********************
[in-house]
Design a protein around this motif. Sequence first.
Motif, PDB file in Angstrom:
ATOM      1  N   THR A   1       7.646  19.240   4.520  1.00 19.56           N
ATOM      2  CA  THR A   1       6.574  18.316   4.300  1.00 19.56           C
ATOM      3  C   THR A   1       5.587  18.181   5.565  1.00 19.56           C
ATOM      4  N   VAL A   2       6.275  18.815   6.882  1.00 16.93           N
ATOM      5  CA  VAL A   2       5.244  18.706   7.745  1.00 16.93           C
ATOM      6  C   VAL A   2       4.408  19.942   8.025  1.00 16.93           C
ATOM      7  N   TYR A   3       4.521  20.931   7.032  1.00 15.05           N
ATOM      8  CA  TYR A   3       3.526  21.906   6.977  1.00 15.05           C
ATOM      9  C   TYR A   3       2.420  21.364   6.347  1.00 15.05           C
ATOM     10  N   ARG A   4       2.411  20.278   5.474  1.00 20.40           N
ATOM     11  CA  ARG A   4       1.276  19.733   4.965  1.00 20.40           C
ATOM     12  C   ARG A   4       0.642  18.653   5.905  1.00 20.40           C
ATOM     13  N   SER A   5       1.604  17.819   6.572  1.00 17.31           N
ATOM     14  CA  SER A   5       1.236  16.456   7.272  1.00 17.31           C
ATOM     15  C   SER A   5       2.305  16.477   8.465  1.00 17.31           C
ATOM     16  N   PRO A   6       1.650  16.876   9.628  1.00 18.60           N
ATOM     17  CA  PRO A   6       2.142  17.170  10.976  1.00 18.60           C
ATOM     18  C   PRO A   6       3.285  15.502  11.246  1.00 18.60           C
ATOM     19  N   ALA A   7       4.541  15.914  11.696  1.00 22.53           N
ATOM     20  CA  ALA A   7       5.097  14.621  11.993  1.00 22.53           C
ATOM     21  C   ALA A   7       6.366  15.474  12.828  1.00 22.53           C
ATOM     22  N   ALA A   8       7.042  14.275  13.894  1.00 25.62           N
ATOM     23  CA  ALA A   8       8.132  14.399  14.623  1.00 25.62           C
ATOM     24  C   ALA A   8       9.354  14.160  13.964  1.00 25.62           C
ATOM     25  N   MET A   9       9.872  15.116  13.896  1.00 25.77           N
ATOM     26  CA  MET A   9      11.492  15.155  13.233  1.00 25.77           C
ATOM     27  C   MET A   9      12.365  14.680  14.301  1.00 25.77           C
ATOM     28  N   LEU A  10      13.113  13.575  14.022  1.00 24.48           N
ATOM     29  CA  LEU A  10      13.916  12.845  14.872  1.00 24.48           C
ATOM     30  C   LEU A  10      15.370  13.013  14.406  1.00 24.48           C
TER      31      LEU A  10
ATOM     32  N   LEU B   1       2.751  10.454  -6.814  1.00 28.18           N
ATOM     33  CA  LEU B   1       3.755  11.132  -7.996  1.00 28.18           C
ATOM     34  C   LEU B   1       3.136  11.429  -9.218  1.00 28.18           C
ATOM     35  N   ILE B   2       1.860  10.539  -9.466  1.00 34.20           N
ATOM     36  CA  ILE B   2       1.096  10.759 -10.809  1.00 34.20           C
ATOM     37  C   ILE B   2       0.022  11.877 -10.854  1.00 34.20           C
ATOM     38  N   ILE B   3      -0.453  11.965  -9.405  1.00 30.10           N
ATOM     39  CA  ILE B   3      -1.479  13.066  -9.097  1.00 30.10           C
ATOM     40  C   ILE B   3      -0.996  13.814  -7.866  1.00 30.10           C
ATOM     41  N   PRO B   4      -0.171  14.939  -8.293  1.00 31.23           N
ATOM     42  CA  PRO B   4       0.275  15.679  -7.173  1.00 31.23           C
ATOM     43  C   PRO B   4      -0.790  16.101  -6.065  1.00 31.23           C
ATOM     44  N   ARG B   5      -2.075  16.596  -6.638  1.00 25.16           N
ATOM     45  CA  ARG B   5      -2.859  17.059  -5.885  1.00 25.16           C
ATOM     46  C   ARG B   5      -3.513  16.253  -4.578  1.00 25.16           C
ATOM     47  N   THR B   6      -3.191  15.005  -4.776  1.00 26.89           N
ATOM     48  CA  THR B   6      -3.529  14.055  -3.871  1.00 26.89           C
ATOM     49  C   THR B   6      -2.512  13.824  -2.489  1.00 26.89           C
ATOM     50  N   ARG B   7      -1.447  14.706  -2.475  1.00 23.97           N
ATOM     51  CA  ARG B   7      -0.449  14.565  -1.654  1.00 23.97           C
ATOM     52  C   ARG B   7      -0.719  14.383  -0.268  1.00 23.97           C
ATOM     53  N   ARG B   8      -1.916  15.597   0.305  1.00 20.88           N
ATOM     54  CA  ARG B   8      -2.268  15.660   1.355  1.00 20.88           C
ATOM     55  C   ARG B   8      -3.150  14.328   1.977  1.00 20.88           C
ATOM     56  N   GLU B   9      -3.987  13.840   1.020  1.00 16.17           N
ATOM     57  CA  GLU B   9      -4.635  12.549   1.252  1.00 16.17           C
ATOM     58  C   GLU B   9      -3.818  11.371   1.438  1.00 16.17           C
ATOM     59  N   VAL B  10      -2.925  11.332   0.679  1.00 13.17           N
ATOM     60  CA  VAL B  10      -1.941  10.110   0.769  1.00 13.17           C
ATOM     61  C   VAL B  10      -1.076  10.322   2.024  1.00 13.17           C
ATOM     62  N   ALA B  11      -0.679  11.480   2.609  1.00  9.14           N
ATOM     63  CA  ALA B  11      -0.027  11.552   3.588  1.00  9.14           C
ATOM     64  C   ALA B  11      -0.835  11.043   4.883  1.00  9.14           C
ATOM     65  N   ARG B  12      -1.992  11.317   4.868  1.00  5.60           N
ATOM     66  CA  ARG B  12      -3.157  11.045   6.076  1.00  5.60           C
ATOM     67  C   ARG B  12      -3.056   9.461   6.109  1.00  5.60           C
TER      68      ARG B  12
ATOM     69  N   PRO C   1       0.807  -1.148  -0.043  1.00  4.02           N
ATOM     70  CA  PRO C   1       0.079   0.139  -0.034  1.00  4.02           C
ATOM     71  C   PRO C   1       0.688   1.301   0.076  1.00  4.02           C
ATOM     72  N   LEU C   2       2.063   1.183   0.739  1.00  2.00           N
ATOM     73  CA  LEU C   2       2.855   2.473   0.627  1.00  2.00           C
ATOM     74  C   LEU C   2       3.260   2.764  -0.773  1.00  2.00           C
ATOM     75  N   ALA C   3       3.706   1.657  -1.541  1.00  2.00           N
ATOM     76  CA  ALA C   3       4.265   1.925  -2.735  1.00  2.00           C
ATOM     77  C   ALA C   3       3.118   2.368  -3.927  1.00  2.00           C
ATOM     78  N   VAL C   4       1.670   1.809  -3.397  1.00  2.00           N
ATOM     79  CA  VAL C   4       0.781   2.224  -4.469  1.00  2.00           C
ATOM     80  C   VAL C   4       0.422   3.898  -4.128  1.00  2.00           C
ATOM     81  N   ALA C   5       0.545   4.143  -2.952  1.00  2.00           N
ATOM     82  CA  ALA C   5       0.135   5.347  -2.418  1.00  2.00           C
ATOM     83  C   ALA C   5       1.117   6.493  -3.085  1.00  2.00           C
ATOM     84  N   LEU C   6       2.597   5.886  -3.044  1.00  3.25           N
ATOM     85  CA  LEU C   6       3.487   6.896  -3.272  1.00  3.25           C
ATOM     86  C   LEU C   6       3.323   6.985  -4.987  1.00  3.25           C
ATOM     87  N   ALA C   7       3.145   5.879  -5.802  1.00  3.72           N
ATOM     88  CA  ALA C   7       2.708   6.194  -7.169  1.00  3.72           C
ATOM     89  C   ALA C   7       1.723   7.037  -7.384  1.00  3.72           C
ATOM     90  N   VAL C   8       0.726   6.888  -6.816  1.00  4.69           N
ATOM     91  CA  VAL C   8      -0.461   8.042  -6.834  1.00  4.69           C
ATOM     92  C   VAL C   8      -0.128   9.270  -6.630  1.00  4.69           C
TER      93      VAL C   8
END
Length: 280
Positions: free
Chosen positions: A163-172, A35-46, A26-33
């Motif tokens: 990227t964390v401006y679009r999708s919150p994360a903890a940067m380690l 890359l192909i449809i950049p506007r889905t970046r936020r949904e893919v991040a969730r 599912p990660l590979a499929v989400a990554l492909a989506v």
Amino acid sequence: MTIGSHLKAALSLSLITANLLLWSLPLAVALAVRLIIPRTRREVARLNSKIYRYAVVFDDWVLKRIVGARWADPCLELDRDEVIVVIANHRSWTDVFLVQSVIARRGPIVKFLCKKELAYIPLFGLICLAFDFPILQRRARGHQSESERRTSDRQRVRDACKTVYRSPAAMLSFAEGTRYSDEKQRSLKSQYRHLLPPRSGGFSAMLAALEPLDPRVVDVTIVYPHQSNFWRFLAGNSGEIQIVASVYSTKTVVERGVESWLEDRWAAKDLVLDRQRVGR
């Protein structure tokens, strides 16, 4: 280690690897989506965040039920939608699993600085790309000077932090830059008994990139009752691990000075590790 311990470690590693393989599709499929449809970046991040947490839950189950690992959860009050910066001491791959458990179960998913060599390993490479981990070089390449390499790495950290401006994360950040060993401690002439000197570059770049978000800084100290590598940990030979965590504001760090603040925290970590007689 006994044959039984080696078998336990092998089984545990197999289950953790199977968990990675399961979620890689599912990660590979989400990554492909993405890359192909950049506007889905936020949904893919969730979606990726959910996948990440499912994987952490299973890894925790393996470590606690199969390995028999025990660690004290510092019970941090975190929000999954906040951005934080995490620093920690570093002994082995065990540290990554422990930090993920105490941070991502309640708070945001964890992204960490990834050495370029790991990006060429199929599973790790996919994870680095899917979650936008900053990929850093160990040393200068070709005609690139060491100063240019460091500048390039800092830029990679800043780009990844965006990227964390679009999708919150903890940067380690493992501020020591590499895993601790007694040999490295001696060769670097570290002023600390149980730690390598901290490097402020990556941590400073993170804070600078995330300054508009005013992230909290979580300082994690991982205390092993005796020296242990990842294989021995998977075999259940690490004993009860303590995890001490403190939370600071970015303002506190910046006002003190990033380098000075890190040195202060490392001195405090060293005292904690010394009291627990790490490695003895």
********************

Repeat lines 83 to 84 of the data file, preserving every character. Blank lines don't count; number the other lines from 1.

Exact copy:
ATOM     80  C   VAL C   4       0.422   3.898  -4.128  1.00  2.00           C
ATOM     81  N   ALA C   5       0.545   4.143  -2.952  1.00  2.00           N